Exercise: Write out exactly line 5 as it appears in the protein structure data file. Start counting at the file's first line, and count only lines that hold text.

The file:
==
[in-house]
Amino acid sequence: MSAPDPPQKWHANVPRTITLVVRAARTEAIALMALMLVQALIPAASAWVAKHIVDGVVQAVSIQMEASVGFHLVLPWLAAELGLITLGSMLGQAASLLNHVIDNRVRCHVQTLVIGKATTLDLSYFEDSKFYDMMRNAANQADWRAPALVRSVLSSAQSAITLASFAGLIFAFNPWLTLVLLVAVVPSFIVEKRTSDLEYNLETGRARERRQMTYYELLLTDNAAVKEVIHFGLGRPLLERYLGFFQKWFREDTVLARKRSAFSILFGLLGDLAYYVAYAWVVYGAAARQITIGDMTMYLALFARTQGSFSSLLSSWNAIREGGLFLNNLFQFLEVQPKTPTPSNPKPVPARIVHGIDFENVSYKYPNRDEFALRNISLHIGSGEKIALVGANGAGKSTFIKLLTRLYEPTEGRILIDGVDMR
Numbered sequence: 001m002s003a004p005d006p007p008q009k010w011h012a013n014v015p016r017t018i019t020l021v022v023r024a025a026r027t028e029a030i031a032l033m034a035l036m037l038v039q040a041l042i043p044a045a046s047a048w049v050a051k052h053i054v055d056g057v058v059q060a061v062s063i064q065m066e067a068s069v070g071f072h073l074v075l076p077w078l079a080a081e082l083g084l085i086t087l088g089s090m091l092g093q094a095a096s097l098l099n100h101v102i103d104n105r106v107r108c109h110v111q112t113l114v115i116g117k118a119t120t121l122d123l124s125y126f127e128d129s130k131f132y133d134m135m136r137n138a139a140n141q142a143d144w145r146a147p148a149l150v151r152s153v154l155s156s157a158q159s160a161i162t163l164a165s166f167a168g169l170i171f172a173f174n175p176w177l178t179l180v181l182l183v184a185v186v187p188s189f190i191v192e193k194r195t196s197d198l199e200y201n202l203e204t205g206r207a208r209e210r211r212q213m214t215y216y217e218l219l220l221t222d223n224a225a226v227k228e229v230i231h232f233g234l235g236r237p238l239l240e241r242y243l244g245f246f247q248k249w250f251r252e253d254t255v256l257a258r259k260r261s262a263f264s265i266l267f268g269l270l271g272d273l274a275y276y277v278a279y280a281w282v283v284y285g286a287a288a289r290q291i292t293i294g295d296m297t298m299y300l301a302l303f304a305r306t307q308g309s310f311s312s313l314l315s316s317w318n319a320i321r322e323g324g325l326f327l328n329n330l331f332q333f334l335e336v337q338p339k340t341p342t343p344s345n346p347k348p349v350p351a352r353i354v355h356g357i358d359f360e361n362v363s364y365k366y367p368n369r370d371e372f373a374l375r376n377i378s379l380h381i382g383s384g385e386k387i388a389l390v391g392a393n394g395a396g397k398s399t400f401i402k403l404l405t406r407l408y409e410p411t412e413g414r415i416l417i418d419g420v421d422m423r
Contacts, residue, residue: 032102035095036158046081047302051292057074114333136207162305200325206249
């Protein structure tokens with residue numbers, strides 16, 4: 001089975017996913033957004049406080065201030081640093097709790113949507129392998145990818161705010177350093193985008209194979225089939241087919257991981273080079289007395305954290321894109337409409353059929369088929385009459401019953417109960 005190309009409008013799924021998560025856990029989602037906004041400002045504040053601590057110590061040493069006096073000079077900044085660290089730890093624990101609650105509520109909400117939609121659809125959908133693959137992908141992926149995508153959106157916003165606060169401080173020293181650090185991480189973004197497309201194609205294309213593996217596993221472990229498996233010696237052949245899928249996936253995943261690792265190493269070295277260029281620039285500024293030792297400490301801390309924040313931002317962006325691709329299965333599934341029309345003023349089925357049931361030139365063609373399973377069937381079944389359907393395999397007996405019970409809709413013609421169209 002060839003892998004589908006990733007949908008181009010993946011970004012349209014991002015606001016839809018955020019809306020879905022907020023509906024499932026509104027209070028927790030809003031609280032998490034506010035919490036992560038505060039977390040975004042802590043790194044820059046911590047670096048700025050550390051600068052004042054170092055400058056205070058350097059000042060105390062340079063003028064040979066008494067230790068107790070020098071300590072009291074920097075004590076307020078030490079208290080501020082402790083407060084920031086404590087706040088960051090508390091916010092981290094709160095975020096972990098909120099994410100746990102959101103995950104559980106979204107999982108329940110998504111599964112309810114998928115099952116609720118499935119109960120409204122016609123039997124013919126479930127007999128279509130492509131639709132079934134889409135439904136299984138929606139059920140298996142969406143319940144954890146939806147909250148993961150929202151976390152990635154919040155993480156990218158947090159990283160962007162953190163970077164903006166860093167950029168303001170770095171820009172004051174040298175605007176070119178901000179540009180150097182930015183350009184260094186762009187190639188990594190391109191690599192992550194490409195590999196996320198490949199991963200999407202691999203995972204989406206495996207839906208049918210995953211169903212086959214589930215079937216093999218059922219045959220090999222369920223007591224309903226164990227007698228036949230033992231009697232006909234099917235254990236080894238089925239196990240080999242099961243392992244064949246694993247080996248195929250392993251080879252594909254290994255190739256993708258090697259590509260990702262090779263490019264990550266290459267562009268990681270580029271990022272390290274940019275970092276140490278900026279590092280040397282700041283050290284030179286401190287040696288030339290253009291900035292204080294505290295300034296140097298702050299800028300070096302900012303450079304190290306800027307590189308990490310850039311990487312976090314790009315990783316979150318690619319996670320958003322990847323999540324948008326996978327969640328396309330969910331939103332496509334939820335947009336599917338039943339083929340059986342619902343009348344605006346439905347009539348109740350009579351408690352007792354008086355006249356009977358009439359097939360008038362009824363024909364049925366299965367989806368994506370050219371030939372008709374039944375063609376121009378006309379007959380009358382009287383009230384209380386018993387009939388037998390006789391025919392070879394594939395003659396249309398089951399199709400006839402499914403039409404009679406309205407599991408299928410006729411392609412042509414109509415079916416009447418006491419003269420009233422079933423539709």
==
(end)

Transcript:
């Protein structure tokens with residue numbers, strides 16, 4: 001089975017996913033957004049406080065201030081640093097709790113949507129392998145990818161705010177350093193985008209194979225089939241087919257991981273080079289007395305954290321894109337409409353059929369088929385009459401019953417109960 005190309009409008013799924021998560025856990029989602037906004041400002045504040053601590057110590061040493069006096073000079077900044085660290089730890093624990101609650105509520109909400117939609121659809125959908133693959137992908141992926149995508153959106157916003165606060169401080173020293181650090185991480189973004197497309201194609205294309213593996217596993221472990229498996233010696237052949245899928249996936253995943261690792265190493269070295277260029281620039285500024293030792297400490301801390309924040313931002317962006325691709329299965333599934341029309345003023349089925357049931361030139365063609373399973377069937381079944389359907393395999397007996405019970409809709413013609421169209 002060839003892998004589908006990733007949908008181009010993946011970004012349209014991002015606001016839809018955020019809306020879905022907020023509906024499932026509104027209070028927790030809003031609280032998490034506010035919490036992560038505060039977390040975004042802590043790194044820059046911590047670096048700025050550390051600068052004042054170092055400058056205070058350097059000042060105390062340079063003028064040979066008494067230790068107790070020098071300590072009291074920097075004590076307020078030490079208290080501020082402790083407060084920031086404590087706040088960051090508390091916010092981290094709160095975020096972990098909120099994410100746990102959101103995950104559980106979204107999982108329940110998504111599964112309810114998928115099952116609720118499935119109960120409204122016609123039997124013919126479930127007999128279509130492509131639709132079934134889409135439904136299984138929606139059920140298996142969406143319940144954890146939806147909250148993961150929202151976390152990635154919040155993480156990218158947090159990283160962007162953190163970077164903006166860093167950029168303001170770095171820009172004051174040298175605007176070119178901000179540009180150097182930015183350009184260094186762009187190639188990594190391109191690599192992550194490409195590999196996320198490949199991963200999407202691999203995972204989406206495996207839906208049918210995953211169903212086959214589930215079937216093999218059922219045959220090999222369920223007591224309903226164990227007698228036949230033992231009697232006909234099917235254990236080894238089925239196990240080999242099961243392992244064949246694993247080996248195929250392993251080879252594909254290994255190739256993708258090697259590509260990702262090779263490019264990550266290459267562009268990681270580029271990022272390290274940019275970092276140490278900026279590092280040397282700041283050290284030179286401190287040696288030339290253009291900035292204080294505290295300034296140097298702050299800028300070096302900012303450079304190290306800027307590189308990490310850039311990487312976090314790009315990783316979150318690619319996670320958003322990847323999540324948008326996978327969640328396309330969910331939103332496509334939820335947009336599917338039943339083929340059986342619902343009348344605006346439905347009539348109740350009579351408690352007792354008086355006249356009977358009439359097939360008038362009824363024909364049925366299965367989806368994506370050219371030939372008709374039944375063609376121009378006309379007959380009358382009287383009230384209380386018993387009939388037998390006789391025919392070879394594939395003659396249309398089951399199709400006839402499914403039409404009679406309205407599991408299928410006729411392609412042509414109509415079916416009447418006491419003269420009233422079933423539709």